I think education is very important. Knowledge is power. It is the power to make choices in your own life.
Education made the difference for me in working in service-industry jobs that I hated and in a career that I love where I feel like I can truly help people.
Now, I’m not saying a college education is right for everyone. My mother never went to college and she was one of the smartest women I’ve ever known. She educated herself through her love of learning. But I saw how not having a college degree limited her choices when it came to earning an income. And although, a college education might not be right for everyone, I believe it is very important to have an employable skill.
In all the reading I have done about impoverished regions of the world and oppressed people, the first thing that is denied someone in order for them to stay oppressed is an education. Sometimes I think those of us in the Western world where a free education is available and required of us, take for granted just how much other humans in the world are craving an education. And it is especially important for women around the world to be educated since women are more vulnerable to poverty and oppression.
And when I think about just how important education is for lifting human beings out of poverty and oppression, I can’t help but think of one of my personal sheroes, Dr. Tererai Trent.
Dr. Trent was featured in the book, Half the Sky, and also Oprah said she was the most inspirational person she had ever come across in her 25 years doing her talk show. Trent grew up as a poor woman in Zimbabwe. As a little girl she was denied an education while her brothers were sent to school. She started doing one of her brothers’s homework, and when his teacher noticed he begged Trent’s father to send her to school. She did attend school for a while until she was married off at 14. She had three children by the time she was 18 and endured regular beatings from her abusive husband. In 1991, a woman from Heifer International visited Trent’s village and asked each woman what their greatest dream was. Trent’s greatest dream was to go to America and earn a Bachelor’s, Master’s, and Doctorate degree. She wrote these dreams on a paper, put them in a small piece of tin, and buried it.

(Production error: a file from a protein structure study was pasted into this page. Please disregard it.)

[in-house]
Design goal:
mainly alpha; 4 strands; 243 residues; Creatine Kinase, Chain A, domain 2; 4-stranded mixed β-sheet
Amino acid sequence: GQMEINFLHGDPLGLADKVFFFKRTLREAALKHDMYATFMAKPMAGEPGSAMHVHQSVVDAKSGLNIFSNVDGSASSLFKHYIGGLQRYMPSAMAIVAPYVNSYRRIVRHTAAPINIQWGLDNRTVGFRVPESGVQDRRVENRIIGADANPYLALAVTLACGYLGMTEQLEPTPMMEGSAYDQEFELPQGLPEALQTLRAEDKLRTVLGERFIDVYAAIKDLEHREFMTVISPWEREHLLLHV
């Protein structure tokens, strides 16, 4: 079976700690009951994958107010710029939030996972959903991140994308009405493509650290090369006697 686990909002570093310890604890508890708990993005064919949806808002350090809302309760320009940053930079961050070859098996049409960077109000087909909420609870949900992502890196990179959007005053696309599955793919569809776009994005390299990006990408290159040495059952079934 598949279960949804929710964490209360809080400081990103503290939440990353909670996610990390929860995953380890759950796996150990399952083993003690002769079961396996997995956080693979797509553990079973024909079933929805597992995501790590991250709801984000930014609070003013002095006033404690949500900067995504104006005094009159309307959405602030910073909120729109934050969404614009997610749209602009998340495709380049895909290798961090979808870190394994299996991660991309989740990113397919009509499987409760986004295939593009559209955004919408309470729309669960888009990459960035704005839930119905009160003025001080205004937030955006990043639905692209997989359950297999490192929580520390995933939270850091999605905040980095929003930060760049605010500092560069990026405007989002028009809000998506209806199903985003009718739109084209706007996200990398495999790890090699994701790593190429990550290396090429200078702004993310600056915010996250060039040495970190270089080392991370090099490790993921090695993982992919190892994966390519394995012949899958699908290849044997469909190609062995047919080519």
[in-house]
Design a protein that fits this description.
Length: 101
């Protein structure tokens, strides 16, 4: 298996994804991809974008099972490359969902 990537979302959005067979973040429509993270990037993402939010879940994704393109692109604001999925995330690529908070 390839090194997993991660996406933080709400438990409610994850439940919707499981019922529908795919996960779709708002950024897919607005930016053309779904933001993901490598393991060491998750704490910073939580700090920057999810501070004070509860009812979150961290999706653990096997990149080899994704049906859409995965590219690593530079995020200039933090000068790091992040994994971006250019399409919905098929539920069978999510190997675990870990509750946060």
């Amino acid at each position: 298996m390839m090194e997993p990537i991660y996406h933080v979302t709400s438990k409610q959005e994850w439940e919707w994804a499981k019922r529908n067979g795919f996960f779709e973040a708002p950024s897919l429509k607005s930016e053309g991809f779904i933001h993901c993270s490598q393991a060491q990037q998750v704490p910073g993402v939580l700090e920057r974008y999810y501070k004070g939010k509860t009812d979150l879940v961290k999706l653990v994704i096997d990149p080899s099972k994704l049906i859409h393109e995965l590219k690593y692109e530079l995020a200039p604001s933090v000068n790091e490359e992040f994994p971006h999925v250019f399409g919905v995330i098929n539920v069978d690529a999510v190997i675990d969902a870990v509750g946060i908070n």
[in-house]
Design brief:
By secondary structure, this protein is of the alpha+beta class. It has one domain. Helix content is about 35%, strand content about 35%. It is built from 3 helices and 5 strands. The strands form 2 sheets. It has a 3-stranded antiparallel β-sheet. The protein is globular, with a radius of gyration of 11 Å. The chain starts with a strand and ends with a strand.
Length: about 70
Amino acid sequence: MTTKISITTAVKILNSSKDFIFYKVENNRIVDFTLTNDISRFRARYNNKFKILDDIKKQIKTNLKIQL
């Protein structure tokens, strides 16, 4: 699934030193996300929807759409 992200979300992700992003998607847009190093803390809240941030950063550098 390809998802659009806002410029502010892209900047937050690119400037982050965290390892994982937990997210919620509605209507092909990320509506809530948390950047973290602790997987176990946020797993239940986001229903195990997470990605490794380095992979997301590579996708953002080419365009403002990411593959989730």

Eventually Trent was able to go to American where she earned those three degrees, and got rid of her abusive husband. She has gone back to Zimbabwe and unearthed the tins where her dreams were buried. She earned her PhD in 2009 and is now working with Heifer International to help the women in Sub-Sahara Africa. In May 2011, Oprah named Trent her all-time favorite guest and gave her 1.5 million dollars to build a school in Trent’s village in Zimbabwe.
Trent’s story is so inspiring to me because education gave her a future. With her education she is able to go back and help lift up other families out of their poverty and oppression.
To me, education is the difference between choices and being stuck. Education is freedom. The freedom to choose, to act, to know. I feel blessed to live in a place where not only is education free to me, it is required of me. I’m lucky to have had parents who so believed in the power of education, they paid for me to go to college. Even once I qualified for government grants, they stepped in and covered the rest. They knew that having an education would allow me the choices and opportunities they never had. I will forever be grateful for my education and the opportunity I was given to pursue it.